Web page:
Mort Fertel is a marriage coach. He gets his clientele because of work-life balance. “99.7 per cent of the people I see were not sensitive to work-life balance and as a result got themselves into a crisis situation,” says the creator of the Baltimore, Md.-based Marriage Fitness Boot Camp, which has clients from around the world.
People initially assume that their marriage will take care of itself. Love is strong, after all. Since work pressures are imminent, they focus, for now, on work, hoping to compensate down the road. But he cautions: “A marriage, if neglected, will die.” His male clients were often immersed in their careers, ignoring issues of balance. “From their perspective they were doing it all for the family. Unfortunately, now they are at risk of losing their family,” he says.
Having gone wrong once, to get themselves into crisis, he feels they often go wrong again, by working with conventional assumptions that are wrong-headed.
Here are six unconventional approaches that he argues you must adopt to try to save your marriage:
Go it alone:
The traditional advice is that couples must work together to save their marriage. Many therapists and marriage counsellors insist on that approach, often counselling the couple together. While he agrees it’s best if a couple work together, he says too many times when one partner is not willing to take part the other party gives up. “That’s ridiculous. There is a ton a person can do to shift the momentum of a marriage,” he insists. “The first step is to take the first step. Often you taking the first step helps the obstinate spouse to take steps as well.”
An example: Give a thoughtful gift that “shows your knowledge of them and tickles their soul.” His program has a “Lone Ranger” track with a series of unilateral actions people can take to change the downward spiral of a marriage. If one person starts contributing differently to a situation, he argues it can change the dynamics.
Stop asking the wrong question:
Many people wonder, “Did I marry the right person?” But that’s the wrong question. “The key to succeeding in marriage is not finding the right person. It’s being the right person. It’s learning to love the person you are with,” he says.
If you believe you can do better – find the right person next time – he offers some sobering statistics. While 50 per cent of first marriages fail, 70 per cent of second marriages fail and 80 per cent of third marriages end badly. People who try second and third marriages figure they’ll do better next time as they understand what they are looking for, but he says the problem is “no matter who you marry, you are who you are.” Often people in second and third marriages had poor relationship skills on their first try, and it doesn’t get better unless they adopt and practice new behaviours.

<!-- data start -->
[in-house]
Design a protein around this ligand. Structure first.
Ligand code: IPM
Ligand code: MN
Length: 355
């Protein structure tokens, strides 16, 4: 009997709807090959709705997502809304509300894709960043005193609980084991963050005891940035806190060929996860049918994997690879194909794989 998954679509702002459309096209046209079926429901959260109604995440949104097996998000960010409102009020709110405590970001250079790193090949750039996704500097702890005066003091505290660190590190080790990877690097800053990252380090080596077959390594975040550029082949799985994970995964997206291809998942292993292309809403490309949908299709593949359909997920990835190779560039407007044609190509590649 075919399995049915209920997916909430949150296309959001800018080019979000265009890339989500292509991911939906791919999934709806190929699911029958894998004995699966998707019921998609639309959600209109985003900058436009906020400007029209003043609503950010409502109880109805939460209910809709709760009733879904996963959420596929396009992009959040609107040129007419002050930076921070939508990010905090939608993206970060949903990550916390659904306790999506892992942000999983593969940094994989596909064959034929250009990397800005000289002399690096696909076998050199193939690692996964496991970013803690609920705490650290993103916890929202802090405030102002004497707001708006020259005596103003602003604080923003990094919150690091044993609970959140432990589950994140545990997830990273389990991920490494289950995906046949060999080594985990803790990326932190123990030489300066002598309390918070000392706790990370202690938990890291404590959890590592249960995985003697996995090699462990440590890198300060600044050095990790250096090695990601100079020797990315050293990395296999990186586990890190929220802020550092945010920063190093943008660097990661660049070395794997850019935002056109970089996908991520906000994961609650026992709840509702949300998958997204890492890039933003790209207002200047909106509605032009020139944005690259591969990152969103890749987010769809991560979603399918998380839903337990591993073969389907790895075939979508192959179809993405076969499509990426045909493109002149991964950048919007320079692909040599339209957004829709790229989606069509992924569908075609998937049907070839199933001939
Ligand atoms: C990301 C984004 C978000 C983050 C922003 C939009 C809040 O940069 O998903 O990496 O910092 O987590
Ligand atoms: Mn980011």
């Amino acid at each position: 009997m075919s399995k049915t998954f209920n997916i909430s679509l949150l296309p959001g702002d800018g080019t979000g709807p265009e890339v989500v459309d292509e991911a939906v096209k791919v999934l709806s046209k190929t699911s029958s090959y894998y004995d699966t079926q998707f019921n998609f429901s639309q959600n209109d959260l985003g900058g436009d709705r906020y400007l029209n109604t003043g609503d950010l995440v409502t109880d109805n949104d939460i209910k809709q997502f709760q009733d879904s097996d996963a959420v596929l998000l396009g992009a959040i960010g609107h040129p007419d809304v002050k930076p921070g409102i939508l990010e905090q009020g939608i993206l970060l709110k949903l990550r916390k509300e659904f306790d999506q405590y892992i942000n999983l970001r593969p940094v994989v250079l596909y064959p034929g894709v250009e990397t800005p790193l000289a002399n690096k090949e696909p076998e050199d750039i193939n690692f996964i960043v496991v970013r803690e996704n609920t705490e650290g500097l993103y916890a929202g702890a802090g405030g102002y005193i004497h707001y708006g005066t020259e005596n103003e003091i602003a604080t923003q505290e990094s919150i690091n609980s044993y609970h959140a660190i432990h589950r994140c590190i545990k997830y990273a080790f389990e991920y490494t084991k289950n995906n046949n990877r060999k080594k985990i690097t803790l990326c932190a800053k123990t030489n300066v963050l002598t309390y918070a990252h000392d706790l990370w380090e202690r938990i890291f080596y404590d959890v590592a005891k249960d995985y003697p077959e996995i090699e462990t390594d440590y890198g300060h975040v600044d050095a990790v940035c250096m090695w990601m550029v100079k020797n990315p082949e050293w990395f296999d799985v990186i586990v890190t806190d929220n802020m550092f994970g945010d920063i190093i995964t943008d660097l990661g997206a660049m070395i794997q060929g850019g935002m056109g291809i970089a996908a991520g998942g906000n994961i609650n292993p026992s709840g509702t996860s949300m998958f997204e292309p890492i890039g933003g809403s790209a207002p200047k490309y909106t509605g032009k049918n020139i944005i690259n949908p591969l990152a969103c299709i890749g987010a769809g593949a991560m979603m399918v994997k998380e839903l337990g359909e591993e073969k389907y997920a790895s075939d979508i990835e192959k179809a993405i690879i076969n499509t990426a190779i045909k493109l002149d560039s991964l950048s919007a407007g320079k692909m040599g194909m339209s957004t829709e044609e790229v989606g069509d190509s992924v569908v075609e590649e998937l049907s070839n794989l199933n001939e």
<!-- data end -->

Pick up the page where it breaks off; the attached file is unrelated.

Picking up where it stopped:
Absence does not make the heart grow fonder:
Often people in marital crisis decide that if they can arrange a bit of an absence from the other person – a trial separation, for example – the marriage can be rejuvenated. However, the problem they face is that there is already too much separation, and if they seek more, it will aggravate the situation. About half his clients are separated. He tells them to find connection with the other person.
Don’t talk about your problems:
When in a marital crisis it’s human nature to identify problems in the marriage and believe that if you could only talk to your spouse about those issues it will solve everything. But he argues that route only makes the problems more and more a focus of your attention, draining or depressing you. Instead, temporarily put those issues aside and spend time and energy trying to create goodwill. “You will never save the marriage with your mouth,” he warns. “You have to start doing things differently. You got into this because of the way you treat each other. You have to change those behaviours.” Build the habits of a great husband or a great wife.
Don’t think marriage counselling is a solution:
In trouble, often people turn to marriage counsellors or therapists. He argues that too often will fail because it focuses you on your problems and on talk, not action. Marriage counsellors and therapists, he says, are trained to be amoral – a professional responsibility not to pass judgment and to be passive. But he finds in most cases of marriage fragility a behaviour or series of behaviours are wrong and the individual needs leadership in changing the situation.
He recalls the client who mentioned he was having an affair, which let Mr. Fertel to retort: “That’s wrong. You have to stop it.” The client countered that his therapist had never told him it’s wrong. Recalls Mr. Fertel: “I said, ‘I’m telling you it’s wrong, and you have to end it.’ He was actually waiting for someone to tell him it’s wrong.”
Don’t talk to your family or friends about the situation:
It seems reasonable to talk to others about the situation – share the reality of the problem and gain support. But in doing so you have violated the privacy of your marriage, talking about your spouse’s marriage without permission. You have also potentially changed the relationship your spouse will have with the individual. “You may feel better you got someone on your side,” he says. “But you have made the situation worse.”
Of course this advice is helpful even before you slide into crisis. Remember work-life balance threatens marriages – it did for almost all his clients. And the solution is to change behaviours and re-build connections.
Special to The Globe and Mail
Harvey Schachter is a Battersea, Ont.-based writer specializing in management issues. He writes Monday Morning Manager and management book reviews for the print edition of Report on Business and an online work-life column Balance. E-mail Harvey Schachter